Sarah spent four days at Effigy Mounds National Monument last week working on a pair of master theses: her own and a fellow students. Last Monday, Dalla and I drove down to help her and bring her some equipment.
Before she left, Sarah and I loaded up the Saturn with various pieces of equipment and put the canoe on top of the car. Monday morning, I put my own camping equipment in the car, strapped the dog into her seatbelt, and hit the road.
It takes just short of two hours to get to the Monument from Madison if all is well. That day, it took me over two hours to get there. Between Dodgeville and Prairie du Chien, there is a windmill farm along US 18. Of course, that windmill farm is there for a reason: plenty of nearly continuous wind. So, it was no surprise when I had to slow down when I got near that area as the wind was pushing the car off the road. Normally, the Saturn wagon doesn’t have that problem, but when you strap a 17’ canoe onto the car’s roof, it’s like having a sail. So, that slowed us down. Then, when we hit Fennimore, I missed a rather well hidden turn because it was not only well hidden, but Dalla was literally howling in the back seat. Apparently, she was tired of riding in the car and wanted to get out and run around. So, we got out of town and I let her out on the leash for a few minutes. We got back in to the car and hit the road. It wasn’t until we arrived in Boscobel that I realized we were no longer on US 18, but rather a different highway and twenty miles out of our way. So, we had to double back on a little county highway that ran parallel to the Wisconsin river until we got back to US 18.
Finally, we arrived in Prairie du Chien. A quick jaunt across the Mississippi River, and we were in Iowa.
When I finally found the team of naturalists and botanists Sarah had assembled to help her with the coring she was doing as part of her thesis, I was a good forty-five minutes late. Sarah’s team was going to work on Founder’s Pond to core as far into the mud as they could. These cores would then be extracted in one-meter lengths and placed into plastic tubes. Sarah would then use these cores to help determine what plant life originally populated the National Monument. From this information, a vegetation management plant for the Monument could then be fashioned.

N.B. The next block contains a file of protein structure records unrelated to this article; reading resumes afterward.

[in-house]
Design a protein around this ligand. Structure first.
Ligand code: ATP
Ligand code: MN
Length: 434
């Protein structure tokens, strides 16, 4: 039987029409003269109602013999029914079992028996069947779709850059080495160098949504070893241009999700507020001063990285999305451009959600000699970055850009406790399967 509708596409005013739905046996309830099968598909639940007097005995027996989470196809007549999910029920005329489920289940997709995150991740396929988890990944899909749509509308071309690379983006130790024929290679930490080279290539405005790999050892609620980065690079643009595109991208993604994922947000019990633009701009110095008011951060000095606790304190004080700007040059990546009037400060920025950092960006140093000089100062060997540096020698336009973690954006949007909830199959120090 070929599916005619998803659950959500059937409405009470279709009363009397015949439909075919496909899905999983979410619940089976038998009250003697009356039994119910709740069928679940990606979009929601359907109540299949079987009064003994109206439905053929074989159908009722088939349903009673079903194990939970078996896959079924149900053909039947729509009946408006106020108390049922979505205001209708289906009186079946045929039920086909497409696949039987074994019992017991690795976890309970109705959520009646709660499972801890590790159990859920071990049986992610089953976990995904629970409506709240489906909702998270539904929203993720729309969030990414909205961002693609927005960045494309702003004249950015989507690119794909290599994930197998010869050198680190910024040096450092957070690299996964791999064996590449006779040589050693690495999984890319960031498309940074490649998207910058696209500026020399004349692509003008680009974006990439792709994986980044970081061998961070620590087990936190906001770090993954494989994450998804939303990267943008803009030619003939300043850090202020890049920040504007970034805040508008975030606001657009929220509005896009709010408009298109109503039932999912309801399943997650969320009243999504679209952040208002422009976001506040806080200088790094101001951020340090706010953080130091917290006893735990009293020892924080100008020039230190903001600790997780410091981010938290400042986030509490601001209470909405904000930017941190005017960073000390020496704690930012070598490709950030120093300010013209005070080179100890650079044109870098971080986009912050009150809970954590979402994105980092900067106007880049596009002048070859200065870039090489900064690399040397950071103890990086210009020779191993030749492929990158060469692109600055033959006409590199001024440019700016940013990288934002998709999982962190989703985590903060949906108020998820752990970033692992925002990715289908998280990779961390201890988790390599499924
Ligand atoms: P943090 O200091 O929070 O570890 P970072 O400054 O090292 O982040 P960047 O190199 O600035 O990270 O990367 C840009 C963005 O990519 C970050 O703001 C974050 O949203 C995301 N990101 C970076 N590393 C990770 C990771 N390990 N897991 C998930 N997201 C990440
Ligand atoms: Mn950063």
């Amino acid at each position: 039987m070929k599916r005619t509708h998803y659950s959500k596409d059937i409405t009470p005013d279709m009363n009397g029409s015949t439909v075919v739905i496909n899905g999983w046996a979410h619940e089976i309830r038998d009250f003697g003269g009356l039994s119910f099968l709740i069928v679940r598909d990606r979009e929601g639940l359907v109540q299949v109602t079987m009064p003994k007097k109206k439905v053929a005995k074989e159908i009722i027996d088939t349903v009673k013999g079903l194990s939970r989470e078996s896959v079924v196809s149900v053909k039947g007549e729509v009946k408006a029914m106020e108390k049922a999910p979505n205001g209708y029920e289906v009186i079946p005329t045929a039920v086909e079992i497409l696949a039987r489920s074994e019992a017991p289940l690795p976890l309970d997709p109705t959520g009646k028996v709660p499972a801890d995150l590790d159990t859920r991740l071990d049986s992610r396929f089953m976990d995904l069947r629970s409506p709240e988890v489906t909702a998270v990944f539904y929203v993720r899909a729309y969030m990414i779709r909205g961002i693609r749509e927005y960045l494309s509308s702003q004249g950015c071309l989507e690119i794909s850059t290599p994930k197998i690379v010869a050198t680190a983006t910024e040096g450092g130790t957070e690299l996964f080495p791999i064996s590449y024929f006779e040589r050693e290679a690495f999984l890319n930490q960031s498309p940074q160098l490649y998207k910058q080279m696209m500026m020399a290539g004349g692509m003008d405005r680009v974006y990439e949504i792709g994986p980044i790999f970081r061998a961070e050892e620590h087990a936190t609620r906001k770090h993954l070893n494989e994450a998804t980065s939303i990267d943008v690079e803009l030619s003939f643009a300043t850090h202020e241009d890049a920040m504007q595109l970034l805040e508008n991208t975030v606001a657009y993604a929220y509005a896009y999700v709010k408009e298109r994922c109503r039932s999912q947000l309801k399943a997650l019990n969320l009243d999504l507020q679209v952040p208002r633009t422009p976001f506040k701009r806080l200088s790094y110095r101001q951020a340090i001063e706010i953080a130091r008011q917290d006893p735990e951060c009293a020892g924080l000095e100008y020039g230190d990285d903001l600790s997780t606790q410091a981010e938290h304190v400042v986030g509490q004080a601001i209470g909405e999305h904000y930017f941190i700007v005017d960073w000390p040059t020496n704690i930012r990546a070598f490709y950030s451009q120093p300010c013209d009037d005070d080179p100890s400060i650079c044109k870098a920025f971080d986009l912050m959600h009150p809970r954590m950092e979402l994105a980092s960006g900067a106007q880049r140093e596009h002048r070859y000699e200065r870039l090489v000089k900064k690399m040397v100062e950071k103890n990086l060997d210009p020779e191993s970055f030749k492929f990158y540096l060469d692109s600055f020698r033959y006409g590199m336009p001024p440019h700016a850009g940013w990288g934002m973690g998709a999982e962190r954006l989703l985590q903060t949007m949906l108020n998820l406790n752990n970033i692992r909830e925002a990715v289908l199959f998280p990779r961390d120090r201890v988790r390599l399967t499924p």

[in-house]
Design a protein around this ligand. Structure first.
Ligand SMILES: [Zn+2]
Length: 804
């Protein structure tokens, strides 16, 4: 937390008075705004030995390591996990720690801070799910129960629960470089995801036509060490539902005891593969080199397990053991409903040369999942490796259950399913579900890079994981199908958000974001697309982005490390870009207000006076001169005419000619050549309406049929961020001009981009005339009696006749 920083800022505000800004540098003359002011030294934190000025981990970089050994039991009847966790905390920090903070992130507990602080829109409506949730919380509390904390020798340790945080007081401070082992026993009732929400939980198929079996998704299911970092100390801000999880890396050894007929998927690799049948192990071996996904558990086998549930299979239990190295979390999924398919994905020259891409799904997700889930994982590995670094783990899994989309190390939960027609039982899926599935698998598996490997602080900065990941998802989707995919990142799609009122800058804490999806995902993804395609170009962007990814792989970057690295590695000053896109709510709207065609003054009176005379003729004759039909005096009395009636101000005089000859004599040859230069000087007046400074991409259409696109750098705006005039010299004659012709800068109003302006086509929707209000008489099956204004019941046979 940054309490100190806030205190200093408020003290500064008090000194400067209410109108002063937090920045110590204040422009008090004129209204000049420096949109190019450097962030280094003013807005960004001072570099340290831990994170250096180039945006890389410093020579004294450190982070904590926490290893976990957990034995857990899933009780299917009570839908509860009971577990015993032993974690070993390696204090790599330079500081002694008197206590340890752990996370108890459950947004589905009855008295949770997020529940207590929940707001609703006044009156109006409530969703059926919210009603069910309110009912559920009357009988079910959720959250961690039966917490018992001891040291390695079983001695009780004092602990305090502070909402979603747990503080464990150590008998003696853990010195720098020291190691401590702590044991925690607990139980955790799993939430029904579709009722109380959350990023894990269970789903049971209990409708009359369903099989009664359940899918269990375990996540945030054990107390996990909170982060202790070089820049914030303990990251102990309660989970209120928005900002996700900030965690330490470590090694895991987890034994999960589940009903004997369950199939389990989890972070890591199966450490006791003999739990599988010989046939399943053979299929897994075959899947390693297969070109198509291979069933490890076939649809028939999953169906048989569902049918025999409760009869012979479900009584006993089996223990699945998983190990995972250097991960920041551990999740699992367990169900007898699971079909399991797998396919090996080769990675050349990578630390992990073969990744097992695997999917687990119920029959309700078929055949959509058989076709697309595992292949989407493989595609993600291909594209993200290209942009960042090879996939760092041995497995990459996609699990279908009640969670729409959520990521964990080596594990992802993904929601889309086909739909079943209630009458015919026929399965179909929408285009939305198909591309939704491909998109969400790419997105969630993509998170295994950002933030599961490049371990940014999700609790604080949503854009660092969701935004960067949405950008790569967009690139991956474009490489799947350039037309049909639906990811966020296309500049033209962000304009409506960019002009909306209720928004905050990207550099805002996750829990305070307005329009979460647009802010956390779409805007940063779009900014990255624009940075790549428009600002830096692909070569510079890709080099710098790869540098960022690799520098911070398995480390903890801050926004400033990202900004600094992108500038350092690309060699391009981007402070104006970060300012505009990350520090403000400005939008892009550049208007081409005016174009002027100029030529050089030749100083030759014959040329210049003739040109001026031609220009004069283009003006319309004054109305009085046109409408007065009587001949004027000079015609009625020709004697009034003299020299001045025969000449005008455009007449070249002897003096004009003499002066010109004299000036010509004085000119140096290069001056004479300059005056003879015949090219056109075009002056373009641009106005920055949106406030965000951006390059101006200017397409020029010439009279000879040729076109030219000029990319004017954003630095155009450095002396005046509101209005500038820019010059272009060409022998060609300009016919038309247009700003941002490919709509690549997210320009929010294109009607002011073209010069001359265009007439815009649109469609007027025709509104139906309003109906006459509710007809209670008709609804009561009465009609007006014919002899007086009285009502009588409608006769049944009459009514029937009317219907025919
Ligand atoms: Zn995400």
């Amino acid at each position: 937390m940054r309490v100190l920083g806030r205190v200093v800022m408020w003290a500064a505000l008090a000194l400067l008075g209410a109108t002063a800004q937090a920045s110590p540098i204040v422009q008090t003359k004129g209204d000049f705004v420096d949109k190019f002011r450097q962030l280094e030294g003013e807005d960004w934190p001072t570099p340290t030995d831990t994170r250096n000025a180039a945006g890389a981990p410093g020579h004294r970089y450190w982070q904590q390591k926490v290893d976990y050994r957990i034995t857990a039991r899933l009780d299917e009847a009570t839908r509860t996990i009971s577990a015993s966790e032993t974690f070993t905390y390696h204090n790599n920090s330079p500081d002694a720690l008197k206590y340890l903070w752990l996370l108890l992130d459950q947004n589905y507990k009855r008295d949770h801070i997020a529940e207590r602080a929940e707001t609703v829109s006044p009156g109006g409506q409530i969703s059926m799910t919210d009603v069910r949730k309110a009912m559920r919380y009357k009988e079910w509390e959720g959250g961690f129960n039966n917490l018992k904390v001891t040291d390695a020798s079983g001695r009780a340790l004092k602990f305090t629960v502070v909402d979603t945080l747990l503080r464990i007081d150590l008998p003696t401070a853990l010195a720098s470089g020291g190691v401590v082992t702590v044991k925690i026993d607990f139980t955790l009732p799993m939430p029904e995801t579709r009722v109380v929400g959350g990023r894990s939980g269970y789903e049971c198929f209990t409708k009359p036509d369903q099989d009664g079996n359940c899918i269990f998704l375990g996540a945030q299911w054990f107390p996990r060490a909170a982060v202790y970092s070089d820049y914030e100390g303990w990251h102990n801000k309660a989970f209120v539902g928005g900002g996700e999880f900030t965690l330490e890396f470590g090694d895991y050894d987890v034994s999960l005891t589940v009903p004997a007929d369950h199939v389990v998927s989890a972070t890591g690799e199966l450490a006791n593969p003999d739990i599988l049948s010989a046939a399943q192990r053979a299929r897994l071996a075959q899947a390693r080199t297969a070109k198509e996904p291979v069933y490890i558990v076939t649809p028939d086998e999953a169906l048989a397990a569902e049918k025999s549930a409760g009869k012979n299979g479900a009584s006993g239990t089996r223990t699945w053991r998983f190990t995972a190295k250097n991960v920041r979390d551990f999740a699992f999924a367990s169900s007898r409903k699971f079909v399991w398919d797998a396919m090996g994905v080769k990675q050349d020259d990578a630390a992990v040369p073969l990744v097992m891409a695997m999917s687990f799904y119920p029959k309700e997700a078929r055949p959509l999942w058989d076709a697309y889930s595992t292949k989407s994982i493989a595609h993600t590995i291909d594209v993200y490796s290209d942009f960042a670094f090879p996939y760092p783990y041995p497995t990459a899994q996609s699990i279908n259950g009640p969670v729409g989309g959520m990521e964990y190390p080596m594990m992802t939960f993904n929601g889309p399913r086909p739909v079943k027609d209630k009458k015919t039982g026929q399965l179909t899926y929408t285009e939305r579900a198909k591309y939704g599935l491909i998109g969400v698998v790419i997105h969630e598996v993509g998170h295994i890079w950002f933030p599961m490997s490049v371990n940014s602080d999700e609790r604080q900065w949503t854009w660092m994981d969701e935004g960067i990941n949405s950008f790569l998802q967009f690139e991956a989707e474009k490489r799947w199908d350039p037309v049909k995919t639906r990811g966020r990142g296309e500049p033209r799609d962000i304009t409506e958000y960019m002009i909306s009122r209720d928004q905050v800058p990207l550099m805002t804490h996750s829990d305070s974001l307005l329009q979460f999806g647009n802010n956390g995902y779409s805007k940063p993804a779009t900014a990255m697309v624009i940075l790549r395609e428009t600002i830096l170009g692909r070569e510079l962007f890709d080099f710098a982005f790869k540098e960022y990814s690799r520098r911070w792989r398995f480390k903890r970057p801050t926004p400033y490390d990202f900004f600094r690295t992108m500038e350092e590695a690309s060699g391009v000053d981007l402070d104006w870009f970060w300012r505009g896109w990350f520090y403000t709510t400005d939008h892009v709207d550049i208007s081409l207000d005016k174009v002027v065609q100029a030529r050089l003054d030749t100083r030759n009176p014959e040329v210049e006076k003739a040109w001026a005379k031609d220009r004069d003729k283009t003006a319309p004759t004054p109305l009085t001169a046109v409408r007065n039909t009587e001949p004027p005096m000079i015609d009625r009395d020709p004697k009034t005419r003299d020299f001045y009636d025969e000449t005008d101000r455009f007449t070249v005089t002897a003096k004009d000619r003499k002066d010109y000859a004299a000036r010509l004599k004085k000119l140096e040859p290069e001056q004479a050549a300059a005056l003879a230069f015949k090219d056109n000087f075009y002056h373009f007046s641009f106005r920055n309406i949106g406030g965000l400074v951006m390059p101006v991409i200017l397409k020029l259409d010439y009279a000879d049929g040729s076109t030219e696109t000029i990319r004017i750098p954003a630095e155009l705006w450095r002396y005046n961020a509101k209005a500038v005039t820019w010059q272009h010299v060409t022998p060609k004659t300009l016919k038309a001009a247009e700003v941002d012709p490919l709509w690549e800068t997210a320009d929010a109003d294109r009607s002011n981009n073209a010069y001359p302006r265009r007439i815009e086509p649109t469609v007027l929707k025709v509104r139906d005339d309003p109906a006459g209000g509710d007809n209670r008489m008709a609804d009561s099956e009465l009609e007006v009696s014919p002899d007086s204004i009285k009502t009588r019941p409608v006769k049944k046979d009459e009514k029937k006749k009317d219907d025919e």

So, there were six naturalists there (the park’s conservation ranger, Sarah’s adviser, Sarah, another graduate student, the ranger’s seasonal assistant, and a volunteer that previously had worked as a naturalist at another national park) and six seats in the two canoes. It was obvious that Dalla and I would not contribute much to the coring operation, so while they paddled out into the Yellow River, we left to go hiking around the Monument.
By the time all was said and done, we hiked somewhere in the range of ten-fifteen miles. Some of the hiking was on nice trails while the rest was on some really unmaintained so-called trails. The temperature was hot and the mosquitos were out in swarms, but I used liberal amounts of mosquito spray (and a headnet, when necessary) and we both dranks a fair amount of water. Dalla, alone, drank two and one-half quarts of water. For a forty pound dog, that’s a good deal of water.
On our hikes we saw otters, deer, wood peckers, numerous song birds, fish, and the like. Dalla seemed to think that she would be able to take a deer if I’d just let her off the leash. I wasn’t buying.
Once the coring operation was completed, we met Sarah’s team back at the landing, where all the equipment was divvied up and stored. In all, the crew spent almost six hours on the water.
Sarah, Dalla, the other graduate student (Joie), and I went to their campsite at Pikes Peak State Park where we spent the night.
For dinner we cooked brats (in beer, of course), drank beer, and noshed on various junk foods. Dalla kept herself busy protecting our campsite from critters and other dogs and campers.
The most unique part of Pikes Peak State Park is the showerhouse. Now, Sarah and I got to see innumerable showerhouses as we camped our way from California to Wisconsin the summer of 2002 so we felt that we’d pretty much seen all there was to modern campsite showerhouses. Well, that thought was proven to be a lie.
The showerhouse has a weather radio that runs twenty-four hours a day in both the mens and womens areas. Even though I was thirty miles from the Boscobel airport, I probably knew more about the weather there than the residents of Boscobel did. We knew the up to the minute temperature, the forecast, the river level, and anything else the normally is reported on the weather radio. Taking a shower guaranteed that you would be exposed to at least two iterations of the weather radio’s information, if not more.
Dalla slept with us in our tent, and that’s something we need to practice. She spent half the night kicking me in my back and half the night sleeping on Sarah’s feet.
The next day, I took off for Madison as Joie and Sarah went back to collecting data for Joie’s thesis.